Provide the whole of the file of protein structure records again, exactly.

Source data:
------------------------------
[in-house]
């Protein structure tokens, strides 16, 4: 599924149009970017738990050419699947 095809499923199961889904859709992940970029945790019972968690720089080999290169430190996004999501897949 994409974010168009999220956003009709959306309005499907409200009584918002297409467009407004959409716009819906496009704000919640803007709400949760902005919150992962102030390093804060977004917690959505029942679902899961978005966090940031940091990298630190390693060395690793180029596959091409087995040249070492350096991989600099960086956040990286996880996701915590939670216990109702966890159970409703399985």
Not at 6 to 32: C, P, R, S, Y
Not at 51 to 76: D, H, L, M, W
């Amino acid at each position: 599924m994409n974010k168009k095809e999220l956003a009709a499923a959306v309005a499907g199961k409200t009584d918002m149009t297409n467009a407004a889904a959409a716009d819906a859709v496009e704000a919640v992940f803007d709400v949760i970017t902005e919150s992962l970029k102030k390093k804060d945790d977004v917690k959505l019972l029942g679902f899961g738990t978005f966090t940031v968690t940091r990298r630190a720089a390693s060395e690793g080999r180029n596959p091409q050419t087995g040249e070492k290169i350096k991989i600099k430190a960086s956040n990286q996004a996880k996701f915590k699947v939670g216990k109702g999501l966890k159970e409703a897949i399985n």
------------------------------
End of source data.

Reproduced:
[in-house]
């Protein structure tokens, strides 16, 4: 599924149009970017738990050419699947 095809499923199961889904859709992940970029945790019972968690720089080999290169430190996004999501897949 994409974010168009999220956003009709959306309005499907409200009584918002297409467009407004959409716009819906496009704000919640803007709400949760902005919150992962102030390093804060977004917690959505029942679902899961978005966090940031940091990298630190390693060395690793180029596959091409087995040249070492350096991989600099960086956040990286996880996701915590939670216990109702966890159970409703399985």
Not at 6 to 32: C, P, R, S, Y
Not at 51 to 76: D, H, L, M, W
């Amino acid at each position: 599924m994409n974010k168009k095809e999220l956003a009709a499923a959306v309005a499907g199961k409200t009584d918002m149009t297409n467009a407004a889904a959409a716009d819906a859709v496009e704000a919640v992940f803007d709400v949760i970017t902005e919150s992962l970029k102030k390093k804060d945790d977004v917690k959505l019972l029942g679902f899961g738990t978005f966090t940031v968690t940091r990298r630190a720089a390693s060395e690793g080999r180029n596959p091409q050419t087995g040249e070492k290169i350096k991989i600099k430190a960086s956040n990286q996004a996880k996701f915590k699947v939670g216990k109702g999501l966890k159970e409703a897949i399985n």